c) When man seeks God in prayer and strives for higher values, he renounces little creatures through fasting. He then begins to discover an interior freedom, satisfaction and joy, which stimulate him to give up what he already possesses. This is for him a chance to show gratitude for the greater gift he has received in knowing God, and a chance to imitate what God did with him - giving gratuitously to those who cannot reward him, as he himself cannot reward God (cf. Mt 5:46-48; 6:3-4).

This natural process finds a corresponding and strong corroboration in the case of the holy angel. The angel has experienced the result of generosity towards God. He gave himself to God, and, what did he receive in response? Incomparably more! When he renounced the small horizon of the understanding of his own intellect, God let him see and understand with His eyes! When he renounced his own will, God let him share in His divine Will, with which he now loves God and all creatures. When he renounced the happiness of his own limited perception, God filled his existence with heavenly bliss, and allows it to grow in intensity with each soul that finds true happiness in God. This experience obliges the angel to teach us: Give, that you may receive! As we are seeing through the angel himself, the hierarchy must be: first prayer, then fasting, and thirdly almsgiving.

3. The new vision of this old spiritual rule that we gain through the angel is of an existential character: the purely spiritual nature of the angels leads us to the existential depth where always - with them and with us - the entire being is involved. The three elements of the angel’s guidance, "prayer with fasting and alms", form for the angel a unity. They also form a unity of three for man, and this explains the central importance they received in the Christian life.

Man is placed in a threefold relationship, with God, himself and the world around him: "God created man in his own image ... God blessed them, and God said to them, ‘Be fruitful and multiply, and fill the earth and subdue it’" (Gen 1:27-28). Through this passage we see man’s right and obligation to practice religion, to rear his family and have his own property. Into this natural world of man entered the devil with the temptation in paradise. He tried to show Eve that "the tree was good to eat", and thereby awoke "disordered bodily desires", through which family harmony is attacked; he seduced Eve, showing how pleasing the fruit was to the eyes, and thereby awoke "the disordered desires of the eyes"; finally, the fruit "was enticing for the wisdom that it could give", with this the devil planted "pride" in man (Gen 3:6; cf. Mt 4,3-11 and 1 Jn 2,16). With his success, the devil disturbed the threefold relationship of man with God, himself and the world around him.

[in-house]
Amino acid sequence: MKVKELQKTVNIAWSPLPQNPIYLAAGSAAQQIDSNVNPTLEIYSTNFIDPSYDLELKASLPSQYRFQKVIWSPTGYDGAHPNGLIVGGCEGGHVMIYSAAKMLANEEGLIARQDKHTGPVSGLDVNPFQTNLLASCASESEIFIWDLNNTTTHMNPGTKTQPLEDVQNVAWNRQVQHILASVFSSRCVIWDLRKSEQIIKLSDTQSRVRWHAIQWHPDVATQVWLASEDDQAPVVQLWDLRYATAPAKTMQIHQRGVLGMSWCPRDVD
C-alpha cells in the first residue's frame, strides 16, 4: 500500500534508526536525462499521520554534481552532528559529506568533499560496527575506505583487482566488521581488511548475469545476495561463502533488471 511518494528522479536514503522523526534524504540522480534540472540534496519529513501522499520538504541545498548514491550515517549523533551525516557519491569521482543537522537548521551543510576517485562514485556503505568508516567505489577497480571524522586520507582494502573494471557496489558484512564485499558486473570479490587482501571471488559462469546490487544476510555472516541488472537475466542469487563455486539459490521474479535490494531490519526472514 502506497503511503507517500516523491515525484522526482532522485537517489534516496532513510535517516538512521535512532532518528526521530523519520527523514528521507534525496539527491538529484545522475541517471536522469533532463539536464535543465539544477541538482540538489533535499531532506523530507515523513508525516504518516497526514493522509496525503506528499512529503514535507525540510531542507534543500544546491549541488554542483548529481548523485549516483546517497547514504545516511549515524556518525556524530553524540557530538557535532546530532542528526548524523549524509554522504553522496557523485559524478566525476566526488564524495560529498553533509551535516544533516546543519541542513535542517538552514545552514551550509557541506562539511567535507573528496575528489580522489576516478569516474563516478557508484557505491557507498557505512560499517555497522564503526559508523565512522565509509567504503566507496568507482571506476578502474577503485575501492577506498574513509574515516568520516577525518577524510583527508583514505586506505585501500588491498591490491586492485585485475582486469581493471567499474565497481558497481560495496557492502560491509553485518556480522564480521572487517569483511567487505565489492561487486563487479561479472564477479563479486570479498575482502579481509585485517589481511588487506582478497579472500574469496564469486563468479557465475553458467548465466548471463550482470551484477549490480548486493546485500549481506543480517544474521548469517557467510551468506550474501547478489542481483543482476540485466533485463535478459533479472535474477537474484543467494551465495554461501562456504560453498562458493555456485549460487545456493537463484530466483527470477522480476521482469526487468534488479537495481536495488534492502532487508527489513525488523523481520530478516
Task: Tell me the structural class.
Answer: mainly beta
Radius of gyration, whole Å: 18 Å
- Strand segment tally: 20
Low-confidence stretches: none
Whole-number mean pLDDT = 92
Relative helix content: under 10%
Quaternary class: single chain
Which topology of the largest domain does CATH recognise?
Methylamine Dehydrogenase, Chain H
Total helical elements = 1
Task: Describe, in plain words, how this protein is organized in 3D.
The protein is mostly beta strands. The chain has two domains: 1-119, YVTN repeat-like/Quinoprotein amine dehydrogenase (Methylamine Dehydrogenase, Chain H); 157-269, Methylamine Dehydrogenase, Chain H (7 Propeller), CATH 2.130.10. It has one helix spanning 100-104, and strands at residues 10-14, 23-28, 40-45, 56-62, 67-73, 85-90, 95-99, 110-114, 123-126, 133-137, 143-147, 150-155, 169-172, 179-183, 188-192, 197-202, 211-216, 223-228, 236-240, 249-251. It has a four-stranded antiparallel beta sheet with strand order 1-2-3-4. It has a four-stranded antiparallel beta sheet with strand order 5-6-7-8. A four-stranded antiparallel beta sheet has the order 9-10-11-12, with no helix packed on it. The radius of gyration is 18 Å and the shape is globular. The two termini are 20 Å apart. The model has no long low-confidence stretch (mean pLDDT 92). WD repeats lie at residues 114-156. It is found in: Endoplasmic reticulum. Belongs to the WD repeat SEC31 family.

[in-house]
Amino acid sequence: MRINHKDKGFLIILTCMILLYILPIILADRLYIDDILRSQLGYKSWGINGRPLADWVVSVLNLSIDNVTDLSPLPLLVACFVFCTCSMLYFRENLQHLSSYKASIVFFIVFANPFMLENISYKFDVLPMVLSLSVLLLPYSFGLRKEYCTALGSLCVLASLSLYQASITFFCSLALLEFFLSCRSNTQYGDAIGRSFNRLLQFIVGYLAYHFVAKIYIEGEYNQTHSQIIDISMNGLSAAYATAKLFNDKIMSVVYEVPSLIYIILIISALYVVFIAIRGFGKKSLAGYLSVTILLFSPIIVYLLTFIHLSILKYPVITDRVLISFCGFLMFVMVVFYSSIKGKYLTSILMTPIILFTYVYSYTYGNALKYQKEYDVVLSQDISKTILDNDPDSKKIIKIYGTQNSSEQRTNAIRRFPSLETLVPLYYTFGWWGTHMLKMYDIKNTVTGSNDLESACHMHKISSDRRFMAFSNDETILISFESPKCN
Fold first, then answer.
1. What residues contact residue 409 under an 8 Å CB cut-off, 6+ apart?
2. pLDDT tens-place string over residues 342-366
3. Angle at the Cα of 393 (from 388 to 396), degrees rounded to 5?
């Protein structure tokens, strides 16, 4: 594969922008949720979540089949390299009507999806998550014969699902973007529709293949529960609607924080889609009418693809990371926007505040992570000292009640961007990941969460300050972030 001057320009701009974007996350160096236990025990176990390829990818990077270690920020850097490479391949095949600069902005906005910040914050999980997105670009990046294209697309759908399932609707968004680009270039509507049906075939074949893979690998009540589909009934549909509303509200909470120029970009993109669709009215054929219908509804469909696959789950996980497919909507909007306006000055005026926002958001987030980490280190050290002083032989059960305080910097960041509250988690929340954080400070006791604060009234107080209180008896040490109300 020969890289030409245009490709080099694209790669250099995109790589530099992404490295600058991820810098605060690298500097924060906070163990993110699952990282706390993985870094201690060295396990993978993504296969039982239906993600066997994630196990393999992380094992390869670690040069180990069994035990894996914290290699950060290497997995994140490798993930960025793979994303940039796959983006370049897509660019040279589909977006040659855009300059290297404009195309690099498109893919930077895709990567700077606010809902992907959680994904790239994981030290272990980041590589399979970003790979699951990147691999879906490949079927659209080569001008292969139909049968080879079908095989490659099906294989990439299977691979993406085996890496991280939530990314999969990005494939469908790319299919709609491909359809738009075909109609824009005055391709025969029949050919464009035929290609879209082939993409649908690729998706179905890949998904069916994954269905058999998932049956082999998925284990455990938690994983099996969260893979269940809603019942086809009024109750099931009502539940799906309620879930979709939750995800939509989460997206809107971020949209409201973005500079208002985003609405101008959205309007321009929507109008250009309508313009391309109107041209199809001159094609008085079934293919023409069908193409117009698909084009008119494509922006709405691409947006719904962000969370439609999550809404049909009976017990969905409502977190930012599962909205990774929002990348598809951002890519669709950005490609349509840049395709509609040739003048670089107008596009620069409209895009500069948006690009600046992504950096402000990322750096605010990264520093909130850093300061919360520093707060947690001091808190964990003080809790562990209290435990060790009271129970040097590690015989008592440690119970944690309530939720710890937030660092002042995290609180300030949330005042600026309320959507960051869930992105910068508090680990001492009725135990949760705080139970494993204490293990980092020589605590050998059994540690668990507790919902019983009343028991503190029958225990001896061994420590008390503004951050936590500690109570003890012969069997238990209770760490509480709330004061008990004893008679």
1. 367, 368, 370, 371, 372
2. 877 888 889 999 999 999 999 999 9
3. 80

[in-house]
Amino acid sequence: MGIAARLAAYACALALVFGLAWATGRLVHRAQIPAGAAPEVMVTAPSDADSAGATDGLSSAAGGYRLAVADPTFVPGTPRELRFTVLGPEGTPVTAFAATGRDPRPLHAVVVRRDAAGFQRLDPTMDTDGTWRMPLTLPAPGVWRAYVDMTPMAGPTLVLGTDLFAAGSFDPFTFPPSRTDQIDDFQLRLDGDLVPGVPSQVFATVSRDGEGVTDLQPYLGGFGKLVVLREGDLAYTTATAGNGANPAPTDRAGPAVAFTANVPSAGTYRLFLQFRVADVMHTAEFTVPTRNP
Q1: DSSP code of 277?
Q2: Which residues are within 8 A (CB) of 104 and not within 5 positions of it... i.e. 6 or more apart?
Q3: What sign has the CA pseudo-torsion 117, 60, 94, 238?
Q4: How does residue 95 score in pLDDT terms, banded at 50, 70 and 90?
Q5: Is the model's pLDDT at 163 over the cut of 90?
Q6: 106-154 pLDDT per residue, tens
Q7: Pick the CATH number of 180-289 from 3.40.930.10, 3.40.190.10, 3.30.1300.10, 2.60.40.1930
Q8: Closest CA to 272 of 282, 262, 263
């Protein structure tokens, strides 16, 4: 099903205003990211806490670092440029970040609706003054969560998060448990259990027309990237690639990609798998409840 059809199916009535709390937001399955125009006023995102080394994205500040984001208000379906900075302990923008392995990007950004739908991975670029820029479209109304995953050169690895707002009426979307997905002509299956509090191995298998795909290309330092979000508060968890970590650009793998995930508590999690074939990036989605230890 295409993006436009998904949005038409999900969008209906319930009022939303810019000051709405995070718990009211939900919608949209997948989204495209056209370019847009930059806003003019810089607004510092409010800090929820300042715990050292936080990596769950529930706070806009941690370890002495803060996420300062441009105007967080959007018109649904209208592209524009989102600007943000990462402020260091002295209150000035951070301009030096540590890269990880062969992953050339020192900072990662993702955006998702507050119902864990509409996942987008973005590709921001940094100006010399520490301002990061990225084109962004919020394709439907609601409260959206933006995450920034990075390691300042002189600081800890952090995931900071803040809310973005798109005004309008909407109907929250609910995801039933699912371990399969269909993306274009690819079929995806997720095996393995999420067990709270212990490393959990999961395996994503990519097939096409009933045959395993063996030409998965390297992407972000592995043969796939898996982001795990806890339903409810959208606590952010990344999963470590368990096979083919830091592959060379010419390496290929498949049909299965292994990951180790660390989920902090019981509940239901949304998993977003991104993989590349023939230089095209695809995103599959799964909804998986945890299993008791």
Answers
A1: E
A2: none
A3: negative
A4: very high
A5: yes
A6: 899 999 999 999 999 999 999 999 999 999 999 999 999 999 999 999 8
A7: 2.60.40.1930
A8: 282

The counsel of St. Raphael reaches deep into this wound caused by original sin: by prayer and the necessary humility man will overcome pride; by fasting, disordered bodily desires; by almsgiving, the disordered desire of the eyes. These three counsels also prepare man for the graces that God’s Mercy has in store for him: through prayer man is disposed to receive the grace of faith; through the discipline of fasting, to receive the grace of hope in God; through alms, he practices the love which he receives and will receive even more abundantly from God.

This calls to mind what St. Raphael taught at first: "Do good, and no evil can befall you" (12:7)! But it means still more: "Do good", by praying to God, renouncing oneself and giving to others. In this way you overcome the "old Adam" and take on Christ. In Him you will find your true fulfillment.

4. Dear Brothers in the priesthood! From whatever angle we enter into contact with the holy angels, they teach us the one decisive truth: God is the universal key for life and existence.

Let us strive to overcome the old Adam: let us overcome our pride and stop grumbling against our bishops or superiors, and start praying for them instead; let us stop giving in to our weak inclinations which prevent us from becoming more spiritual; let us eliminate from our life-rhythm those occasions which repeatedly fasten us to material preoccupations and worldly interests.

Our prayer-life will then be renewed in intensity through due concentration and in quality through our living faith, sincere trust and generous love towards our Lord. Self-control can be checked and increased through a sincere effort to fast in a reasonable and efficacious manner. Our capacity to share with others, and to manifest God’s goodness towards them, can also be verified in our daily ministry.

Attending St. Raphael’s counsel we become more convinced: wherever we pray our holy angels are present; when we serve others through good works, they present them before the throne of God. May they help us to strengthen our faith and live more closely united for the benefit of holy Church.

Fr. Titus Kieninger, ORC

Father, all-powerful and ever-living God, we do well always and everywhere to give you thanks. You ask us to express our thanks by self-denial. We are to master our sinfulness and conquer our pride. We are to show to those in need your goodness to ourselves. Now, with all the saints and angels, we praise you forever: Holy, holy, holy ... (III. Preface of Lent).